By Eren Orellana, Congress Watch legal intern and Susan Harley, Congress Watch Deputy Director
Recently, consumer advocate and Public Citizen founder, Ralph Nader hosted Breaking Through Power, a four-day conference highlighting the different ways Americans can work together to organize change in a political system that has been overrun by wealthy corporate special interests. A longtime advocate for consumer rights, starting in the automobile industry, Nader dedicated the last day of the conference to speaking about the underutilization of the civil law system.
Special topics included “The Need to Educate the Public on The Importance of Tort Law” and “Why Lawsuits are Good for America.” In a panel discussion titled “Plaintiffs for Justice” victims shared their stories and their road to advocacy. Laura Christian, an auto safety advocate, urged the need to create a system that regulates and provides notice of recalls to buyers and existing owners of used cars. Todd Anderson, a victims advocate, shared the personal story of his son’s death. Anderson’s son was killed in a car accident due to an automobile malfunction that he was not notified of in time to correct. Susan Vento, a mesothelioma advocate, spoke about the need to ban asbestos and the legal rights victims of mesothelioma have against corporate negligence. Overall, the panelists pushed the point that greater advocacy is needed to improve consumer protections and positively increase the utilization of the court system.
In the much-anticipated session “Litigating for Justice,” renowned trial lawyer, Thomas Girardi spoke about how corporations attempt to shame lawyers and how he has succeeded in trying his cases and breaking the stigma associated with personal injury suits. In 1970 Girardi became the first attorney to win a one million dollar award for a medical malpractice case. However, Girardi is best known for the part he played in the Pacific Gas & Electric case of the Hinkley groundwater contamination. In that case, residents of Hinkley brought a class-action suit against PG&E for claims of contamination of the town’s water supply due to a leak from PG&E’s gas compressing station. The leak apparently began as early as the 1950’s and the residents did not receive notice until 1987. The residents blamed incidents of cancer and other diseases on the contaminated water and in 1996 PG&E settled the suit and agreed to pay the town’s residents $333 million. This case was the inspiration for the film Erin Brockovich.
More recently, Girardi was on the team of lawyers who tried Bryan Stow’s case. Bryan Stow was the man brutally beaten after a baseball game at Dodger Stadium. Girardi reasoned that the Dodgers and the stadium’s personnel were partially to blame for the incident due to a lack of organized and effective security personnel, which was not suited to handle such large crowds. Girardi described his pride in the fact that after winning the verdict of Stow’s case, Dodger Stadium heightened security and started regulating the consumption of alcohol during games.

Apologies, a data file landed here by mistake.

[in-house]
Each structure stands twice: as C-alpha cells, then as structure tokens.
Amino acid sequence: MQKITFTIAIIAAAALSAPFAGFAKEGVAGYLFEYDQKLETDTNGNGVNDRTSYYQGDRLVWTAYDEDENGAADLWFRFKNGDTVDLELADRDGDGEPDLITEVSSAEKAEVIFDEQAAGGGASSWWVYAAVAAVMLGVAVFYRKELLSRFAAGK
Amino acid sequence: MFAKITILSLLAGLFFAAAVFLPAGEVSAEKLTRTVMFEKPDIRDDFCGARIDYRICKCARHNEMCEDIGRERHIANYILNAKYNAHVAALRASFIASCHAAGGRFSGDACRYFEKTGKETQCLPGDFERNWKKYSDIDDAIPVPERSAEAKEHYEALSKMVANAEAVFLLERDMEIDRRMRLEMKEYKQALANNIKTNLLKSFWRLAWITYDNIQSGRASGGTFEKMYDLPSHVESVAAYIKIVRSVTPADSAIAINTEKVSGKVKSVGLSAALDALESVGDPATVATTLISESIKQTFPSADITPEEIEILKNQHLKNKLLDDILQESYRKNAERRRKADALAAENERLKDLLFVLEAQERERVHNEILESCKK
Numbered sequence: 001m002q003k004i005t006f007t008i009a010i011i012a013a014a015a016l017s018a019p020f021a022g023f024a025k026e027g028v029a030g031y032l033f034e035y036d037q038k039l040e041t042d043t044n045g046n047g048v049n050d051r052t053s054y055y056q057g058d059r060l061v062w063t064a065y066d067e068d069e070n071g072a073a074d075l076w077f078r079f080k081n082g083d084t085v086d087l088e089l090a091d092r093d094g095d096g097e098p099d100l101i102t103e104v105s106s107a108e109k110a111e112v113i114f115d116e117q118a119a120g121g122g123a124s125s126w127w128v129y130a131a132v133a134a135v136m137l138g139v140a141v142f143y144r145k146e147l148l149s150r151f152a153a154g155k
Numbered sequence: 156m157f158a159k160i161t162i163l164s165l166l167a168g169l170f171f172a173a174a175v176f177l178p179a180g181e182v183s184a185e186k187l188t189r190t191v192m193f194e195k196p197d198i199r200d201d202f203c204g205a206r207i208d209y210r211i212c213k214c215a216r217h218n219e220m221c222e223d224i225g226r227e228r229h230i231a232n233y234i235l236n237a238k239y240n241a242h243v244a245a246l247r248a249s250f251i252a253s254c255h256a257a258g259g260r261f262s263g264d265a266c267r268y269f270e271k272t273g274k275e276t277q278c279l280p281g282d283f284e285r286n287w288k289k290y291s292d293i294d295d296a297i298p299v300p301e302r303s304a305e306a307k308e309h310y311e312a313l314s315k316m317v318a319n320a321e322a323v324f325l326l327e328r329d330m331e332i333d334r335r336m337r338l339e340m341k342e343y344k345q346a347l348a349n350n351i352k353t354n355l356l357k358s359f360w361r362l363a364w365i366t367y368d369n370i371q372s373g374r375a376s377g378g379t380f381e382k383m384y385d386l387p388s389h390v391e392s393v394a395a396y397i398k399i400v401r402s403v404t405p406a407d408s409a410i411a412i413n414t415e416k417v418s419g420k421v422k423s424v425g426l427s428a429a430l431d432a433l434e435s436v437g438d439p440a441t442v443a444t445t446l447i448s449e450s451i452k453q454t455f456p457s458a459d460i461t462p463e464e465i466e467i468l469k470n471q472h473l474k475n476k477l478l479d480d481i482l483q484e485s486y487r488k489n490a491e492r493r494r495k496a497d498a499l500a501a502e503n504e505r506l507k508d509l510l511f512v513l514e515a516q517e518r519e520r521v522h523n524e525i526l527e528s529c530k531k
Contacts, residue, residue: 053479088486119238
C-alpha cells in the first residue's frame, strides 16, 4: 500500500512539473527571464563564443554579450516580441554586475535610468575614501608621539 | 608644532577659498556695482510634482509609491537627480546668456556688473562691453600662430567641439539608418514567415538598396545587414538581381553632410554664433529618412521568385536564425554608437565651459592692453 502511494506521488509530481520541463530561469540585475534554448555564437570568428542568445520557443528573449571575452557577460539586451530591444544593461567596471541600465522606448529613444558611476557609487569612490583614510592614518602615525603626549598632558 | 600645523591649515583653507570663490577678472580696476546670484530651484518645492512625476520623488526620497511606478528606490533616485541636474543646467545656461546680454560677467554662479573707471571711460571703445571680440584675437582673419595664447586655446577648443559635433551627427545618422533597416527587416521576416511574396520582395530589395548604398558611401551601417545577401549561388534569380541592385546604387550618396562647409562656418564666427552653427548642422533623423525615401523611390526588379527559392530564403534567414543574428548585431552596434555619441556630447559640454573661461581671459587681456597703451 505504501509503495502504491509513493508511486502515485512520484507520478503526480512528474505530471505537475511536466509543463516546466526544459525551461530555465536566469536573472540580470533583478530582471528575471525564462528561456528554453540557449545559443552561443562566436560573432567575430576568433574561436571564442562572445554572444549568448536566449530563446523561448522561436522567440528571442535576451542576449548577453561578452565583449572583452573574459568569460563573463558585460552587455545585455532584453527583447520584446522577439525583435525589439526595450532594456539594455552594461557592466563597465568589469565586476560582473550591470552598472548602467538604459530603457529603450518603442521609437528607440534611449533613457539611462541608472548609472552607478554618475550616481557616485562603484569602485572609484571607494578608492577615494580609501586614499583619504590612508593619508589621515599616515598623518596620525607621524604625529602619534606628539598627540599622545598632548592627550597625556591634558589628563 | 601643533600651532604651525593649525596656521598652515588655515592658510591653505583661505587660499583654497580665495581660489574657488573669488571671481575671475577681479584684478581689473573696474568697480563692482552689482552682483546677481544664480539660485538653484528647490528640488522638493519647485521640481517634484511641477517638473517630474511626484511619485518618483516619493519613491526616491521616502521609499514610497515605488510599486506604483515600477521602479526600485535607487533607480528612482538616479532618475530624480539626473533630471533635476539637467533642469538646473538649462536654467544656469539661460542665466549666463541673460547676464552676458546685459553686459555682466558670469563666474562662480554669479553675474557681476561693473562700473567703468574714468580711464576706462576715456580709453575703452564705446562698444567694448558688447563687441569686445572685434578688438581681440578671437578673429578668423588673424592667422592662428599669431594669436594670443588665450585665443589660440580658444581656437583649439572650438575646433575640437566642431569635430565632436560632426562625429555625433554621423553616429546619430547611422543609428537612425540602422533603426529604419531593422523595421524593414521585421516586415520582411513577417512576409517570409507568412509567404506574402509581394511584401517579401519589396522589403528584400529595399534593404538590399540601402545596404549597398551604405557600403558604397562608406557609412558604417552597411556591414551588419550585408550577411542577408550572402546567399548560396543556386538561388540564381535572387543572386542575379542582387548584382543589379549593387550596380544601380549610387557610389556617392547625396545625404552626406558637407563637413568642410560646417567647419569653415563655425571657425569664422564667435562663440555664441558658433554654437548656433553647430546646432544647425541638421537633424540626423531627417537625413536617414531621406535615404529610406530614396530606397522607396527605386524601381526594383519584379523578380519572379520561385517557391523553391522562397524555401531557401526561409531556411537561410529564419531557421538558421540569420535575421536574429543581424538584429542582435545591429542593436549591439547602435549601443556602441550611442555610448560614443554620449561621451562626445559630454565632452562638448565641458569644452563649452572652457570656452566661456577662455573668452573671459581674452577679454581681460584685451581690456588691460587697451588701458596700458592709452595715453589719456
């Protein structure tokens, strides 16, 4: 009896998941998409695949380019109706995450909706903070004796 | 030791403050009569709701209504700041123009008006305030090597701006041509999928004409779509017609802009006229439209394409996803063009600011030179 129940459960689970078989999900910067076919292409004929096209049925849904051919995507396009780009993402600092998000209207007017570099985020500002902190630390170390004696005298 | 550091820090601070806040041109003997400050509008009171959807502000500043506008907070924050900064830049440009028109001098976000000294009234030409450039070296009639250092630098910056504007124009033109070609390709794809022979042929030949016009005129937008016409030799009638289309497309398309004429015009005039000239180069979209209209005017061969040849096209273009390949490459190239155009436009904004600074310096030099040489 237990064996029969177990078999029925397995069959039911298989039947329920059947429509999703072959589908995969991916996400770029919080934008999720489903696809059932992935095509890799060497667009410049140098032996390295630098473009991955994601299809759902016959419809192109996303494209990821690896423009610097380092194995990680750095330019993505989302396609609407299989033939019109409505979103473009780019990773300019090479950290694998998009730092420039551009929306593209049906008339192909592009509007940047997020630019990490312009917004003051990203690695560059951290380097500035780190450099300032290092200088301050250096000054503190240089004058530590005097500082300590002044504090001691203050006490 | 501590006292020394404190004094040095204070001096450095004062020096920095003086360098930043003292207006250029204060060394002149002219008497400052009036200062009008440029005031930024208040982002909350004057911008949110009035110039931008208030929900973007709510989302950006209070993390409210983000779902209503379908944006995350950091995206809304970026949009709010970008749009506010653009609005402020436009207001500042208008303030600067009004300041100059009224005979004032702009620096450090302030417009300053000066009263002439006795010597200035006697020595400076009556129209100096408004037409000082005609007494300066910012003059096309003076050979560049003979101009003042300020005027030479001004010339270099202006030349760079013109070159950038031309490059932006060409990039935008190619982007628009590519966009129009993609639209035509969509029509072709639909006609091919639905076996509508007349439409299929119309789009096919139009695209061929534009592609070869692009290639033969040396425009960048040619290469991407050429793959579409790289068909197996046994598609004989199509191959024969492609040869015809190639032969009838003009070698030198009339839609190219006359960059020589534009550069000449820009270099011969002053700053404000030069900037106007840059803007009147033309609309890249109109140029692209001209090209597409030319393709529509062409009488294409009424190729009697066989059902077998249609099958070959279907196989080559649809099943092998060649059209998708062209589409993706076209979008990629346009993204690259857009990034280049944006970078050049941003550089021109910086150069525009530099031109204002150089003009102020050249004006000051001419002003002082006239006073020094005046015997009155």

In addition to the important monetary compensation lawyers, like Girardi, earn for their clients in these cases, there is the societal benefit of trying these cases. Win or lose, civil law cases bring to light many of the ways corporations fail to protect consumers, sometimes even at the cost of death. These cases expose corporate lawbreakers and force them to better protect their customers. Utilizing the justice system to compensate victims has proven to be one of the best mechanisms to hold corporations accountable. Conferences like Breaking Through Power are doing a great service to society by bringing this very powerful tool to light. Even better, videos from the conference are available so you too can learn how to join the Breaking Through Power movement.
– Eren Orellana
Last week, Ralph Nader headlined a panel at the 2016 Freedom of Information Summit focused on dissecting the challenges facing the open government movement, but also celebrating the victories. At the top of the list of successes is the Freedom of Information Act (or FOIA,) which gives the public the right to access government records subject to nine limited exemptions. Recently having celebrated the 50th anniversary of FOIA’s passage, the panel on which Nader spoke was aptly entitled “FOIA at 50.”
Nader and the other panelists spoke about critical consumer protections that were achieved as a direct result of the public’s right-to-know as granted by FOIA. The panelists also addressed areas where the law continues to fall short, even after the open government community’s recent victory in securing passage of bipartisan FOIA reforms that were signed into law by President Barack Obama right before the law hit its 50 year mark.
It was especially moving to hear the other panelists speak so eloquently about the steadfast commitment that Public Citizen has to protecting FOIA. Notably, for most of the organization’s 45 year history, our litigation group has been a national leader in upholding the public’s right-to-know. Getting access to government records had uncovered threats to public health, safety, and the nation’s financial security. This law is an invaluable tool for holding the government accountable and ensuring it is acting in the public’s best interest.
Nader said it best during the panel: FOIA is the ultimate tool of democracy.
— Susan Harley (@Susan_Citizen) October 7, 2016
And Public Citizen will be there for the next 45 years protecting our right-to-know.